If extremely uncomfortable, overwhelmed, and awkward was a movie, that movie would be Shiva Baby by writer director Emma Seligman. Shiva Baby is like a train wreck – not in a bad way, the film is quite exceptional at squeezing out a claustrophobic sensation of being trapped in an airtight vacuum. But a train wreck in a good way where even though you want to look away, you can’t and shouldn’t because you’ll miss every bit of carnage that snowballs until the final body count is tallied. Only in this case, the train wreck involves overbearing relatives that possess zero hints of personal boundaries, a sugar daddy, his wife and infant child and an ex-girlfriend judging every life choice post break-up. Every aspect of Danielle’s (Rachel Sennott) life will be put under a microscope if left to a confined space without any option to leave on her own accord.
Emma Seligman takes all the pressure and anxiety of being a young adult on the cusp of graduating college and being your own contributing person to society and amplifies those emotions over the course of 78 minutes. Danielle’s chance of survival at the Shiva decreases with every passing minute until her emotions boil over and the pressure can’t be handled in a nonchalant manner.
I couldn’t help but feel overwhelmed by Danielle’s relatives and neighbors that a panic attack was imminent. Maybe it was due to the tightly placed cinematography by Maria Rusche or the pulse pounding score by Ariel Marx that makes Shiva Baby feel like a horror film.
Danielle is a college senior who isn’t perfect, and she’s reminded of that by her parents Joel (Fred Melamed) and Debbie (Polly Draper). Debbie looks for ways to deflect questions for Danielle about post college life while Joel asks everyone under the roof at the Shiva if they need an intern or know if someone is hiring for a job. Little does her parents know but Danielle is a Sugar Baby to Max (Danny Deferrari) (I swore this was David Harbour at first, he looks just like him) which mutually benefits both of them. And little does Danielle know but Max is married to Kim (Dianna Agron) with a daughter. To add fuel to the fire, Danielle’s ex-girlfriend Maya (Molly Gordon) is constantly down Danielle’s throat while relatives and neighbors compare the two women’s successes in life.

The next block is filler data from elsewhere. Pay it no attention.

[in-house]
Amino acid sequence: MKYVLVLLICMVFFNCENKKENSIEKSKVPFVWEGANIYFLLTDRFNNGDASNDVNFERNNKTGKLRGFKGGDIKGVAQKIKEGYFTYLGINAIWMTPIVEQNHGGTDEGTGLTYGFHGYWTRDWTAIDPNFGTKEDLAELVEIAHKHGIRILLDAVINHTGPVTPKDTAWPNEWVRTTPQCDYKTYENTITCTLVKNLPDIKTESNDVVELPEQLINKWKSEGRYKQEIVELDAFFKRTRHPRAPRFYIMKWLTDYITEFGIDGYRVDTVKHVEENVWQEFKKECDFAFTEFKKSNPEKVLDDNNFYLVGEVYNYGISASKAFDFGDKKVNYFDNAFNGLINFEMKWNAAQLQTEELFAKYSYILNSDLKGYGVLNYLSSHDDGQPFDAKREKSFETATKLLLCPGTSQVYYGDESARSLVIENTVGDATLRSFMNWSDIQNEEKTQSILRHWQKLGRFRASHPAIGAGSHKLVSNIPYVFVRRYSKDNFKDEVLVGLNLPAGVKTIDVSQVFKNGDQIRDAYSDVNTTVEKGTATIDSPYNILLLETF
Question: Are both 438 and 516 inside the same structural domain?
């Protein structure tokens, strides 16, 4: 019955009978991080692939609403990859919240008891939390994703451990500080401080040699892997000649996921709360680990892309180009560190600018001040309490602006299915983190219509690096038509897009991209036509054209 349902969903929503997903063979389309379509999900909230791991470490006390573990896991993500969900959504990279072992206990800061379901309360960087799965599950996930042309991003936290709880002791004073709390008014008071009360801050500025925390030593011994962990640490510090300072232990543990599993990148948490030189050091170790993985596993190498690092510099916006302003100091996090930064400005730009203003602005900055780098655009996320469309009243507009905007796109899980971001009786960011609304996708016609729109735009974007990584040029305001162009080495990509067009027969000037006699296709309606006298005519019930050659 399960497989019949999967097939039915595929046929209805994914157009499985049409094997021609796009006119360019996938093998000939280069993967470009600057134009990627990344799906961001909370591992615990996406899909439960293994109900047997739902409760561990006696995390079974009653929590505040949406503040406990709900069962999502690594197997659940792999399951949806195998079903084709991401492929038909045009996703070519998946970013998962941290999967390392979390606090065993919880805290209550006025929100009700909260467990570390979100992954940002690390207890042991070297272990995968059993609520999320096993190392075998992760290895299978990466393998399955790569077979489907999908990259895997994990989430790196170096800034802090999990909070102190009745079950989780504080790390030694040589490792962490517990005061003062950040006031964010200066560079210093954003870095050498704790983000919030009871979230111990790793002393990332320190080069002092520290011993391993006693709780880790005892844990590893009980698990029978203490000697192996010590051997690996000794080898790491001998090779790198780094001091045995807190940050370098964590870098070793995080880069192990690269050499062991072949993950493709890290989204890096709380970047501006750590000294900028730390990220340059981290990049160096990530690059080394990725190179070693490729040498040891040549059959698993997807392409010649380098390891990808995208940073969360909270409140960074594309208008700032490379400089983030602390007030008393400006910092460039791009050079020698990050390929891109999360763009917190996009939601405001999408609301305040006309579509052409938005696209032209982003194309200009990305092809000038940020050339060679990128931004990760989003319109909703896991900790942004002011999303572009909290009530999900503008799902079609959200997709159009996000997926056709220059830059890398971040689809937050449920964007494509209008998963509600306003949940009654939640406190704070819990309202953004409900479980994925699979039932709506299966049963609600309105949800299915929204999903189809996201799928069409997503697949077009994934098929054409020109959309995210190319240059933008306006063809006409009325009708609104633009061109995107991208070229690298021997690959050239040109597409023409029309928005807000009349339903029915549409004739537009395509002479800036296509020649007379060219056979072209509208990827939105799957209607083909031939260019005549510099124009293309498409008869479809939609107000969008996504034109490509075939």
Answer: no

Shiva Baby is full of tension and embarrassing situations. I thought Italians had it bad, but I guess I was wrong. My Big Fat Greek Wedding also shows a chaos within a close knit religious traditional family dynamic. From the moment the film starts to the very end Seligman builds upon the tension with every scene, every moment, every line of dialogue that it finally explodes with two very profound moments of release. The panic sets in early when Danielle arrives to the Shiva. Bombarded with questions about jobs, sex, dating, grades, weight fill the pit of your stomach with an uneasy queasy feeling – we all know how Danielle feels especially with relatives with boundary issues. But with those boundary issues is an expectation especially involving Danielle’s religion. Why can’t Danielle be like Maya? Maya is going to Law School, why is Danielle only a babysitter? Of course, that’s the front for being a Sugar Baby.
Bolstered by Sennott’s outstanding performance Shiva Baby hits on every level imaginable. I’m reminded of this film by the Safdie Brothers films Good Time and Uncut Gems with how well the pace moves the story and the tension builds off the previous interaction within every passing scene. Sennett perfectly captures panic, frustration, anxiety in her body language. She’s a clear standout with all the background noise around her amongst a solid supporting cast. Every twist and turn, every wrench thrown at Danielle is handled the way any person would take them.
Sexuality plays a major role in Seligman’s story. Danielle is bi-sexual and while her parents and relatives may not like it, they don’t explicitly condemn the actions – although Debbie consistently says Danielle is experimenting and it’s just a phase. Maybe Sennott is drawing from personal experiences, but it gives an added dimension to Danielle’s character.
Shiva Baby though not a perfect film is technically sound from a tight script to a horror esque score and cinematography that oozes tension and panic attacks. Led by a brilliant performance by Sennott and a strong supporting cast, Seligman creates a progressive outlook on sexuality by the choices of her characters. Coming in at 78 minutes, Shiva Baby is contained to a small set, like a sitcom or a stage play and still has the intimacy needed to draw a connection to the characters.
Written By: Emma Seligman
Directed By: Emma Seligman
Music By: Ariel Marx
Cinematography: Maria Rusche
Starring: Rachel Sennott, Molly Gordon, Polly Draper, Danny Deferrari, Fred Melamed, Dianna Agron
Release Date: April 2, 2021
Running Time: 1 Hour 17 Minutes
Rotten Tomatoes Score: 97%
My Score: 4.5 out of 5
Based On: Shiva Baby by Emma Seligman (short story)